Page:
10-Glaucoma

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GLAUCOMA

Definition:

It is an increase of intraocular pressure (IOP). It is one of the most frequent causes of blindness. The elevated IOP eventually involves all tissues of the eye.

Types:

1-Primary glaucoma-No overt cause (absence of concurrent ocular disease).

2-Secondary glaucoma -Due to iridocyclitis, intraocular neoplasms, and luxated lens.

3-Congenital glaucoma-Congenital malformation at the anterior chamber angle. Anterior segment anomaly usually present at birth (gonio-dysgenesis)

Effect of elevated IOP on the tissues of the eye:

Glaucoma may be due to impairment of the outflow of aqueous humour from the anterior chamber angle. The exit of this fluid occurs through the trabicular meshwork at the anterior chamber and uveoscleral outflow to the suprachoroid space. The effect of elevated IOP varies with the age of the animal, duration, and levels of IOP. In young animals, evaluated  IOP rapidly leads to buphthalmia (enlargement of the globe).

1-Cornea: -

With acute elevation of IOOP, the cornea becomes edematous. Vascularization and pigmentation resulted with buphthalmia (megaloglobus). The cornea may enlarge (megalocornea). At later stages, rupture of Descemet's membrane may occur, and ulceration and perforation may result. Corneal edema in acute glaucoma disappears within hours if IOP has been normalized.

2-Sclera: -

Buphthalmia and elevated IOP result in enlargement of the sclera. It -becomes thin and atrophied. At the scleral canals (emissaria-seat of entrance of blood vessels and nerves), staphylomas will occur. Cupping of optic nerve with its atrophy occurs later on.

3-Iris: -

It undergoes progressive atrophy, and iris stroma becomes thin, and pigments become dispersed into the anterior chamber. The pupil becomes enlarged and less responsive to cholinergic miotics.

4-Ciliary Body: -

The ciliary body becomes progressively atrophied, and aqueous humour formation becomes impaired with resultant hypotony

5-Anterior Chamber: -

It exhibits closure, and extensive numbers of peripheral anterior synechiae resulted.

6-Choroid: -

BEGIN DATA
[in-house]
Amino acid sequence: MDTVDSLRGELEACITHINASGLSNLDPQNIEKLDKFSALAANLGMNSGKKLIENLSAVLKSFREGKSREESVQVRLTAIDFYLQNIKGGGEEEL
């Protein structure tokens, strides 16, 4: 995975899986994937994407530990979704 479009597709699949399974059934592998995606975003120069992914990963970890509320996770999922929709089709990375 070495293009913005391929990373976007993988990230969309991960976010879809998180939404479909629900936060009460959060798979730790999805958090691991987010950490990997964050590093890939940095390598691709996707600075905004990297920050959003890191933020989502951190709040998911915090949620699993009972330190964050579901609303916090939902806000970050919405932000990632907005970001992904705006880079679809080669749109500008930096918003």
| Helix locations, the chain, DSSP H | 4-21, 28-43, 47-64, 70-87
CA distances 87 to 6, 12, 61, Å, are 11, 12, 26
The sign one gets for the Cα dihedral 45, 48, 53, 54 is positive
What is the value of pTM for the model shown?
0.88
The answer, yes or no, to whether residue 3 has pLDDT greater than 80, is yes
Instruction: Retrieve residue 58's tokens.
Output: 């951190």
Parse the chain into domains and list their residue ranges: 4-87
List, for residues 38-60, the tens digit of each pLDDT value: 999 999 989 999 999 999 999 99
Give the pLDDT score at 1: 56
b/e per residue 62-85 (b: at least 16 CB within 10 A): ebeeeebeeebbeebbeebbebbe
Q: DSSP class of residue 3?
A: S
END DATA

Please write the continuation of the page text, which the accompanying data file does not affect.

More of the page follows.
Thinning and atrophy

7-Lens: -

It exhibits changes in morphology and position. Cataract with displacement is usually evident

8-Vitreous humour: -

Undergoes degeneration with formation of distinct strands and extensive liquefaction (syneresis).

9-Retina and optic disc: -

Loss of retinal ganglion cells and thinning of nerve fiber layer, cupping of the optic disc with loss of myelin, loss of vasculature, and atrophy of the disc.

Methods of Diagnosis:

1-Tonometry:

It is the estimation of the IOP

2-Gonioscopy:

It is a diagnostic procedure to examine the angle of the anterior chamber. Direct goniolenses and indirect gonioprisms are useful for examinations. Open anterior chamber angles in giaucomatous eyes usually respond to medical treatment, while narrow or closed angles are usually candidates for antiglaucoma surgical procedures

3-Tonography:

Is a tonometry for an extended period of time, usually 4 minutes. This is to estimate the coefficient of aqueous humour outflow

4-Ophthalmoscopy:

It is essential for evaluation of the condition of the fundus and optic disc.

Treatment:1-Medical Treatment: -

The purpose of this treatment is the maintenance of IOP within the range of normality.

a-Miotics as 1 to 2% pilocarpine.

b-Adrenergics to reduce IOP by stimulating the alpha and beta receptors. The alpha receptors increase the outflow of aqueous, and beta receptors decrease the aqueous production (1 to 2% epinephrine).

c-Osmotic diuretics as mannitol, intravenously, 1-2 gram/Kg and glycerol orally, .1-2 ml/Kg.

d-Carbonic anhydrase inhibitors are useful (acetazolamide oral 10 to 25 ing/Kg). These drugs reduce active aqueous humour formation by inhibiting enzymatic processes within the ciliary body.

2-Surgical treatment: -

a-Iridencleisis: -

A radical section of the iris is permanently positioned through a limbal incision into the subconjuctival space beneath the bulbar conjunctiva.

Technique:

-Limbal-based conjunctival flap.

-Limbal incision.

-Pupillary border of iris grasped and retracted into the limbal incision.

-Iris torn into 2 separate iridal pillars.

-Iridal pillars are secured at the ends of limbal wound.

-The conjuctival flap is opposed.

b-Cyclodialysis: -

It is an artificial fistula between the anterior chamber and subconjunctival space through the sclera.

Technique:

-Fornix-based conjunctival flap

-Excision of a full thickness block of the sclera 4 to 5 mm from the limbus

-Cyclodialysis spatula is introduced through the subscleral space to the anterior chamber

-The conjunctival flap is opposed.

c-Iridectomy: -

It is the removal of a complete section of the iris.

Technique:

-Limbal-based conjunctival flap

-Limbal incision

-Iris grasped through the incision

-A section of iris is excised

-Conjunctival flap is opposed (pupil appears like keyhole).

d-Iridencleisis and Cyclodialysis: -

e-Corneoscleral trephination: -

f-Exl»ernal fistulation under scleral flap: -

g-Removal of subluxated lens for treatment of glaucoma: -